A new software that democratises AI development
A new piece of software is making it easier to create solutions within AI (artificial intelligence). The program, QuantumNet, has been produced by KTH students who want more people to be involved in the creation of AI solutions. In addition, the program enables AI experts to develop AI models more efficiently.
Currently, if you want to create an AI model, you need programming skills, an in-depth knowledge of mathematics and expertise in AI. The QuantumNet program lowers the threshold for people who want to create AI solutions. It does away with the need for coding and programming skills, as well as in-depth knowledge of mathematics and AI. Many elements, such as visualisation and dimension customisation, are automated.
“You only need to have been given a general introduction to AI in order to be able to use QuantumNet. You can then dive straight into creating AI models,” says Martin Isaksson, who graduated in Civil Engineering from KTH last year and has produced the software together with final-year student Robert Lundberg.
Coding and programming have been replaced by a drag and drop function. According to Lundberg, there are a number of different AI methods and models that consist of quite standardised “building blocks”.
“In our application, these models are represented as actual blocks. The user can then drag these blocks to a workspace and connect them together however they want. All the hassle of connecting and creating the actual code is eliminated by our software. This means that you can easily create the AI models you want,” he says.
Once the program is well-run and the model is trained, all relevant information is visualised in real time.
“You can see how good it has become, get samples of how your result looks for a specific input on the current, not fully trained, model,” says Lundberg.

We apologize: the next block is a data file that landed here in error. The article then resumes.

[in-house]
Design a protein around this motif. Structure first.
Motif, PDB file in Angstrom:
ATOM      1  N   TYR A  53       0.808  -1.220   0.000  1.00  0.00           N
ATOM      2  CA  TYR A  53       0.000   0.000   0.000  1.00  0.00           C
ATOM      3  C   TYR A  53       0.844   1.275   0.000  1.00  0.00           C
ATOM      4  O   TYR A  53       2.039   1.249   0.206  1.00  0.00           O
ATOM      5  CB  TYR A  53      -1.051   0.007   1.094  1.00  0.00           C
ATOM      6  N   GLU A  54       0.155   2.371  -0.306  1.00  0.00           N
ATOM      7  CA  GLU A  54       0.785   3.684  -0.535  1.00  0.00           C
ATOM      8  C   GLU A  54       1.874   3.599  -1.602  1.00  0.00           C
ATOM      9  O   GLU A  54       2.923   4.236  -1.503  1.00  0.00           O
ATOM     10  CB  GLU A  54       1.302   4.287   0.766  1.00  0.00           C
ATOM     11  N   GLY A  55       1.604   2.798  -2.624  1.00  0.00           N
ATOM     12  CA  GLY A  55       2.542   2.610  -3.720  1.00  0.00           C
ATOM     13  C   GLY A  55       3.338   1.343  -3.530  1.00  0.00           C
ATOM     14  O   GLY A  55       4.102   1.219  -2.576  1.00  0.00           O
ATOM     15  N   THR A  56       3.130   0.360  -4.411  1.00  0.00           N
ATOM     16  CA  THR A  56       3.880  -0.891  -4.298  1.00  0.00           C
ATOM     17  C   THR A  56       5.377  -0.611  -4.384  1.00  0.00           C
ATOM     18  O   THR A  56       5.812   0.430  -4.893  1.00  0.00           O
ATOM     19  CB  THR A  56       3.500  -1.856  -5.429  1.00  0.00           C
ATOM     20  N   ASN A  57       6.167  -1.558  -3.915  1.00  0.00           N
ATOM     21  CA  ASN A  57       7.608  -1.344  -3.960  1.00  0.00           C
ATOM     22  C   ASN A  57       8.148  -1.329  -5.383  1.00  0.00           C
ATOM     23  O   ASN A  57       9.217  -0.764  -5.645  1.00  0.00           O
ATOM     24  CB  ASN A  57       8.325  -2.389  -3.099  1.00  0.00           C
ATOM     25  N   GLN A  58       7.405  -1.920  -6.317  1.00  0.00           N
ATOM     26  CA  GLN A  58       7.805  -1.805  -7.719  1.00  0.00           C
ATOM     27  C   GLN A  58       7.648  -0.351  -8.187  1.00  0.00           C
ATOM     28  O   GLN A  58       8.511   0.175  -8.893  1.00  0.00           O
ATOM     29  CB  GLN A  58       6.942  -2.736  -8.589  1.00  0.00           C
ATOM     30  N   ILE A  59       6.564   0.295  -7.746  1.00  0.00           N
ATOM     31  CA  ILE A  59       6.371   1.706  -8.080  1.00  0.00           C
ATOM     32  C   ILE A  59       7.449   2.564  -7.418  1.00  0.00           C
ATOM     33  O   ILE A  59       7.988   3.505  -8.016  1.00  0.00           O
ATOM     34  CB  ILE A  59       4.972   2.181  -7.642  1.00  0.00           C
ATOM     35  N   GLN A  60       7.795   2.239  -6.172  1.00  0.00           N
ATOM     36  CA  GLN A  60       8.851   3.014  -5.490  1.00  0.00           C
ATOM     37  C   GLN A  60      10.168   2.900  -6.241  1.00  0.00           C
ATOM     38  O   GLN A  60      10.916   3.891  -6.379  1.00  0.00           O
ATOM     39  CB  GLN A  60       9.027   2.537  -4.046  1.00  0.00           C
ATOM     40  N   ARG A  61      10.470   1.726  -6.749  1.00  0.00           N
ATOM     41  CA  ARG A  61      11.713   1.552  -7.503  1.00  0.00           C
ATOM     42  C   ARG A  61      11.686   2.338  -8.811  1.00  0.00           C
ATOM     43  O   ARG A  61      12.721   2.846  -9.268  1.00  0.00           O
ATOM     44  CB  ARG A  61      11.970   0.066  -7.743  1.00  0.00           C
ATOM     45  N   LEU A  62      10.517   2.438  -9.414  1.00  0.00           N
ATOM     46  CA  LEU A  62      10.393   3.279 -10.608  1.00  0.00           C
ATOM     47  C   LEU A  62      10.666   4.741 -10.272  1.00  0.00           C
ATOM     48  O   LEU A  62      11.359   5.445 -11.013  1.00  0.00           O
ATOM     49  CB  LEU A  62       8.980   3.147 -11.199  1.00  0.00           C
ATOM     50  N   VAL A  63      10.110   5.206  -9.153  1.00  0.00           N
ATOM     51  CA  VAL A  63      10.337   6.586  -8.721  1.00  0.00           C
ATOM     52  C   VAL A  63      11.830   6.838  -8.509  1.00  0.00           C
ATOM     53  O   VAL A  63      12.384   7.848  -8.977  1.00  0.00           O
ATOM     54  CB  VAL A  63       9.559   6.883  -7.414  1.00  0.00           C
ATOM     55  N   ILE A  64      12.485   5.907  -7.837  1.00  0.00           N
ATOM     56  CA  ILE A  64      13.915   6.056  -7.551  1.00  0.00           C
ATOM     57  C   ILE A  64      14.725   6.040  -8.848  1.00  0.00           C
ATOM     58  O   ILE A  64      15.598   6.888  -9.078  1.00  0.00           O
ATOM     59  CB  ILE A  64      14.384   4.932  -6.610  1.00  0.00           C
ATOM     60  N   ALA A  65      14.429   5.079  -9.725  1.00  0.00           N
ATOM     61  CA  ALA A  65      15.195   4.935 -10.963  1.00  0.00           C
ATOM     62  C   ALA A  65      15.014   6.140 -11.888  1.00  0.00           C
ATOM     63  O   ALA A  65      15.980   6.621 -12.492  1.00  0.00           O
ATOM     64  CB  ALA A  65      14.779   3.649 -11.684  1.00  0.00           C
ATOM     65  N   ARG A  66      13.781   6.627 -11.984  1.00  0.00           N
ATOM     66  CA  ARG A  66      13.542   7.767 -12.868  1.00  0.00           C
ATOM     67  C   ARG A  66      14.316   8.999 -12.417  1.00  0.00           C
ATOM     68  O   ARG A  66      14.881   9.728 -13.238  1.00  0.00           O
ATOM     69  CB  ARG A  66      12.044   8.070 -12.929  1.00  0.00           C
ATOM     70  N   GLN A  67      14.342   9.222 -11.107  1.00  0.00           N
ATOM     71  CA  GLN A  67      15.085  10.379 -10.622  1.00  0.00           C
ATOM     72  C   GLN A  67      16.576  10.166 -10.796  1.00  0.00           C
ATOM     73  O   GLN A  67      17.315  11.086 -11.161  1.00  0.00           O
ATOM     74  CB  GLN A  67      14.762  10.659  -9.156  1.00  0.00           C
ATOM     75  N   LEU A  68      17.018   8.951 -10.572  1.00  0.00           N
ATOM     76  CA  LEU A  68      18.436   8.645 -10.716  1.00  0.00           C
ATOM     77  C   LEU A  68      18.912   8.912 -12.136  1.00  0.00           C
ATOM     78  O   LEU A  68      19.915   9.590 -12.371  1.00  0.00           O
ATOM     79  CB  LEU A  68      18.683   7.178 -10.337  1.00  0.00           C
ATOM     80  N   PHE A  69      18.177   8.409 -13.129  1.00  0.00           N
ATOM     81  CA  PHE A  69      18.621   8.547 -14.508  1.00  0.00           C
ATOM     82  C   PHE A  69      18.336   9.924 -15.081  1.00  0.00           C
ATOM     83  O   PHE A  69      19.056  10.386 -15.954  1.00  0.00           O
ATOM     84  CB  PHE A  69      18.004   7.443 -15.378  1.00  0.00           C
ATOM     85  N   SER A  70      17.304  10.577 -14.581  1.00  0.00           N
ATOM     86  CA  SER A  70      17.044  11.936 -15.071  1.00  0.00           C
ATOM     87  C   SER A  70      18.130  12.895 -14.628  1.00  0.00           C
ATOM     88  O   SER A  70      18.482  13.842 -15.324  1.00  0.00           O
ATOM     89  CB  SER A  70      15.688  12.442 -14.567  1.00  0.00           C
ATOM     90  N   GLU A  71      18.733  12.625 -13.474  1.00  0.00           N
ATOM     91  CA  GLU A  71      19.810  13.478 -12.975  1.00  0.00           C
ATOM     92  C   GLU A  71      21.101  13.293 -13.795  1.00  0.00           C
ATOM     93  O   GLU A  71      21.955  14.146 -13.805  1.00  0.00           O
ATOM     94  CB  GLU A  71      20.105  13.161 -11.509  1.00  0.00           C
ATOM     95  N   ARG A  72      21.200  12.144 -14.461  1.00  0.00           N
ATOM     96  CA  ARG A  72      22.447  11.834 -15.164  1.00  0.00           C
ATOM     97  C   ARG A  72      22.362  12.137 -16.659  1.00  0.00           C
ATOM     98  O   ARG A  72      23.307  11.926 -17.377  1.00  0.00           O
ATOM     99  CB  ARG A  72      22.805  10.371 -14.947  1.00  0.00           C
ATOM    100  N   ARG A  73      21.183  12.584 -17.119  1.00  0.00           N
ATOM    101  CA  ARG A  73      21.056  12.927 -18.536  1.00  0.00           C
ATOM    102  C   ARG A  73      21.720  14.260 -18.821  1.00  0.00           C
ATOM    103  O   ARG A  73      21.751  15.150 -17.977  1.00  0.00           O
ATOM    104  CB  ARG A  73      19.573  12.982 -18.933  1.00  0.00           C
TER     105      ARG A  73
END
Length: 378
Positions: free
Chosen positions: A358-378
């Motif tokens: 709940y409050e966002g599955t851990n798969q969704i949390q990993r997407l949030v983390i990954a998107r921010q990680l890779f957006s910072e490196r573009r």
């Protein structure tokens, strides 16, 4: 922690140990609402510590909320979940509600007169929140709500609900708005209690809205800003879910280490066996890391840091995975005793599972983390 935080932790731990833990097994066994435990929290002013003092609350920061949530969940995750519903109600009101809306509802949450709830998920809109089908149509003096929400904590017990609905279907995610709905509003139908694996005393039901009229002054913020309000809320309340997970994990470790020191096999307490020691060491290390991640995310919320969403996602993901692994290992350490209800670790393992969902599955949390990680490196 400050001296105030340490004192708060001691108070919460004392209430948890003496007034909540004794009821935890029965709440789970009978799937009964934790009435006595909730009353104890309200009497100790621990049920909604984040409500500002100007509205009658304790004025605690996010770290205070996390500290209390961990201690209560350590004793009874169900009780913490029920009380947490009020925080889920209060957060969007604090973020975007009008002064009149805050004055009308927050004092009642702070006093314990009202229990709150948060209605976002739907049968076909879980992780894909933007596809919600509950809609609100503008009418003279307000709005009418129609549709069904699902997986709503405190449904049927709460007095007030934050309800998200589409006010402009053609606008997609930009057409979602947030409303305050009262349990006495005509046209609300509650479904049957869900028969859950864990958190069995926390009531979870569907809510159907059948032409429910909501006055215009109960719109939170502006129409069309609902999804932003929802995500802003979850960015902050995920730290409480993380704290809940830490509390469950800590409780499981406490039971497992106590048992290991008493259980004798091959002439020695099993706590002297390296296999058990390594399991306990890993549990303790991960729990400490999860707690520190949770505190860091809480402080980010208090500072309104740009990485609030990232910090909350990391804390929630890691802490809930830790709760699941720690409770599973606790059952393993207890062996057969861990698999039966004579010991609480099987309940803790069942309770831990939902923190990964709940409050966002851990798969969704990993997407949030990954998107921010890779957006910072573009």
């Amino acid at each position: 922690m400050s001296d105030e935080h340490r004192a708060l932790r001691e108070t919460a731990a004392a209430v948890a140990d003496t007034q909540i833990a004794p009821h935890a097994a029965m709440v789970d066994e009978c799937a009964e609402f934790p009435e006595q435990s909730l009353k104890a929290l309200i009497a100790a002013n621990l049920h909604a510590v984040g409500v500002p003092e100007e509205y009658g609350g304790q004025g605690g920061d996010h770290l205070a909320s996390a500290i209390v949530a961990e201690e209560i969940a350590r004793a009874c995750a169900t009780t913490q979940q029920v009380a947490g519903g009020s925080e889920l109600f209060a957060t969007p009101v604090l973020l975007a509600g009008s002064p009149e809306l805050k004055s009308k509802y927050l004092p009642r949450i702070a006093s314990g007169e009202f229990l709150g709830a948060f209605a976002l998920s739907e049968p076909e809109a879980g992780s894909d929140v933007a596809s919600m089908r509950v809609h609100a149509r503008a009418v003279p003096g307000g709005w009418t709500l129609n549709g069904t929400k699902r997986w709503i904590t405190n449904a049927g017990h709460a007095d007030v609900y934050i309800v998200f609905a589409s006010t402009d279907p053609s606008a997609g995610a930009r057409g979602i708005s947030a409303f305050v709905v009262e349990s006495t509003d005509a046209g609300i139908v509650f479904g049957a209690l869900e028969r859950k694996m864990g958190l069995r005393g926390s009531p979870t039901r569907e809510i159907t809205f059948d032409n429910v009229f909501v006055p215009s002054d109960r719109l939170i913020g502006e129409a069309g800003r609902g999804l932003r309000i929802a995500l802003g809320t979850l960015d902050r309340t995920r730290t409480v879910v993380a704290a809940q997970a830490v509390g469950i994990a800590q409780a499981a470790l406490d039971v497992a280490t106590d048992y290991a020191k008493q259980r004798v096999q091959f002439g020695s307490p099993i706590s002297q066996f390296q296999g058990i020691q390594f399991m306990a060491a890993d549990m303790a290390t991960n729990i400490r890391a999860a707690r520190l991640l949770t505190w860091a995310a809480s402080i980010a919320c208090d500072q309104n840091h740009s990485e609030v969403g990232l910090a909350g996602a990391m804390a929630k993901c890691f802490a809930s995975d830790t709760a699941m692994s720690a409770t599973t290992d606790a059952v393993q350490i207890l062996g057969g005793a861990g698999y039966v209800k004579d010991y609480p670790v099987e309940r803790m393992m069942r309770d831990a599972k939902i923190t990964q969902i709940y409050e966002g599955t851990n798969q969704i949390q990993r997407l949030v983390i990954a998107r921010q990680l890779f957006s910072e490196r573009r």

In order to test and demonstrate how effective the program is, Isaksson chose to do his master´s thesis with as well as without QuantumNet. In his master´s thesis, he studied a deep neural network that segmented muscular stem cells from microscope images. The network had a special architecture, and without QuantumNet he had to experiment, which resulted in the production of an extensive code , a process that took a couple of months to complete. With QuantumNet, it took around five minutes to assemble the same deep neural networks and press play.
“This type of streamlining and simplification is necessary in order to be able to democratise AI and get it out into the public domain. At present, there are only a few people who can build and use AI models,” says Isaksson.
However, facilitating AI development for non-experts is not what Isaksson and Lundberg have focused on – this has been an unexpected extra. They have chosen to direct their work towards AI experts, who want to work more efficiently. In one area, Deep Reinforcement Learning, it is particularly difficult to create such AI models.
“With our program, we have made it easy to use exactly this type of AI. This has aroused the interest of companies within the gaming industry and the self-driving vehicle industry. An investment company from California that focuses on the vehicle industry has contacted us,” says Isaksson.
QuantumNet is currently in a beta version, but the goal is that a final version will be available during or after this summer.
“Our next step is to scale up the company and release the product onto the market. We are in contact with several different companies who have expressed and interest in the technology. Some of them belong to the biggest corporations in the world, and they have asked to receive a trial version of QuantumNet,” says Lundberg.
Lundberg and Isaksson have also been admitted to the NVIDIA Inception Programme . This is a programme where start-ups within AI can learn from experts within deep learning and showcase emerging technologies.